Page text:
Matching markets

Research output: Chapter in Book/Report/Conference proceedingChapterpeer-review

Abstract

Introduction A basic goal of markets is to achieve a matching among buyers and sellers, or, more generally formulated, a matching between individual agents and physical objects or financial claims. In a commodity market (such as the market for gold) the price determines whether an agent decides to buy or to sell. But in many other markets (such as regulated labour markets, government-sponsored auctions or Beauty Contests for UMTS licences) the roles of the agents are relatively well defined: each agent operates on only one side of a bilateral market. In auctions and in decentralised markets consisting of systems of overlapping bargained agreements the physical allocation of objects is accompanied by a determination of prices. In contrast, many other bilateral markets operate only on the matching dimension since, for various institutional reasons, money either does not enter the system or prices are determined exogenously. For example, many entry-level job markets focus on matching new graduates and potential employers at more or less fixed wages. The theory of two-sided matching offers fundamental insights into the functioning of markets and identifies the main issues arising in the design of such markets. In particular, once money and prices are introduced in the models, this theory offers the basis of auction and market design. Moreover, there exist well-documented and successful large-scale applications that can guide further practical work. A broad conclusion is that markets require a good deal of organisation.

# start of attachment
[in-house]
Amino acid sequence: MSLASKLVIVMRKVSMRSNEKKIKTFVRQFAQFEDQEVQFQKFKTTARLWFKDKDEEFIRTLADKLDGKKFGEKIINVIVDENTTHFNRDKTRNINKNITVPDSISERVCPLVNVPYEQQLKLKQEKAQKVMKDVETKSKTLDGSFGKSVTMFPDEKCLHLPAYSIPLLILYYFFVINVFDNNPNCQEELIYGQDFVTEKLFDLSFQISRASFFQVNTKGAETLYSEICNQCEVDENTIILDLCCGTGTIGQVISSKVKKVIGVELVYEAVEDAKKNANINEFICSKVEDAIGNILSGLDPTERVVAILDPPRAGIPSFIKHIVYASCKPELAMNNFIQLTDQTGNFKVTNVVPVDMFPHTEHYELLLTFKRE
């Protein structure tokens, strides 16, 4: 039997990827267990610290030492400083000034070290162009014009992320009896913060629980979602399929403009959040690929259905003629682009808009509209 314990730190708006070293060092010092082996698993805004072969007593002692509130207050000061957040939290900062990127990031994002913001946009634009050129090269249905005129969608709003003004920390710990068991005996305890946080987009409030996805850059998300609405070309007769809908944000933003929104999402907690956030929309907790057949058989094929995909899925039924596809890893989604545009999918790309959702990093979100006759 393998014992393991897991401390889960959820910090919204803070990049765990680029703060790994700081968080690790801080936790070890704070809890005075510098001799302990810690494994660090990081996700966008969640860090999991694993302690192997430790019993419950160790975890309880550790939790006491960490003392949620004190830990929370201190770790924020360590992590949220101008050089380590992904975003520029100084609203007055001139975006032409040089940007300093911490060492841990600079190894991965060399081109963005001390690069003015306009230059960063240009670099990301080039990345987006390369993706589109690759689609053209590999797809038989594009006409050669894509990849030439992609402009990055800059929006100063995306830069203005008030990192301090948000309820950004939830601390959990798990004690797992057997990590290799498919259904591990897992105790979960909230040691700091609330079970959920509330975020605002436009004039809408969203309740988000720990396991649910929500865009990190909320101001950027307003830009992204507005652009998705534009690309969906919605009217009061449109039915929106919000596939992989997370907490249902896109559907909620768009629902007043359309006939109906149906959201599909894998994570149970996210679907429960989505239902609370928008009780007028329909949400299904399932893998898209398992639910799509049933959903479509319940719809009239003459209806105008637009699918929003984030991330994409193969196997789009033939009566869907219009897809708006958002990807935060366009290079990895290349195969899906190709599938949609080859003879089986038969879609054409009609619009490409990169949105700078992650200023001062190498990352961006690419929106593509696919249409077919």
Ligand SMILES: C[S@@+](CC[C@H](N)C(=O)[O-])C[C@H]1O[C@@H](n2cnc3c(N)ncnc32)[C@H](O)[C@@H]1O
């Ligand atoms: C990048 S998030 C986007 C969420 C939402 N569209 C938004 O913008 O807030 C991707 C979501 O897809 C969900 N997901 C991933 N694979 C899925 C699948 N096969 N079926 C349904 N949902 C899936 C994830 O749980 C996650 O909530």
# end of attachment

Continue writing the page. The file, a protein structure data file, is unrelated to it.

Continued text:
Original languageEnglish
Title of host publicationAuctioning Public Assets
Subtitle of host publicationAnalysis and Alternatives
PublisherCambridge University Press
Pages257-272
Number of pages16
Volume9780521830591
ISBN (Electronic)9780511610844
ISBN (Print)9780521830591
DOIs
StatePublished - 1 Jan 2004
Externally publishedYes

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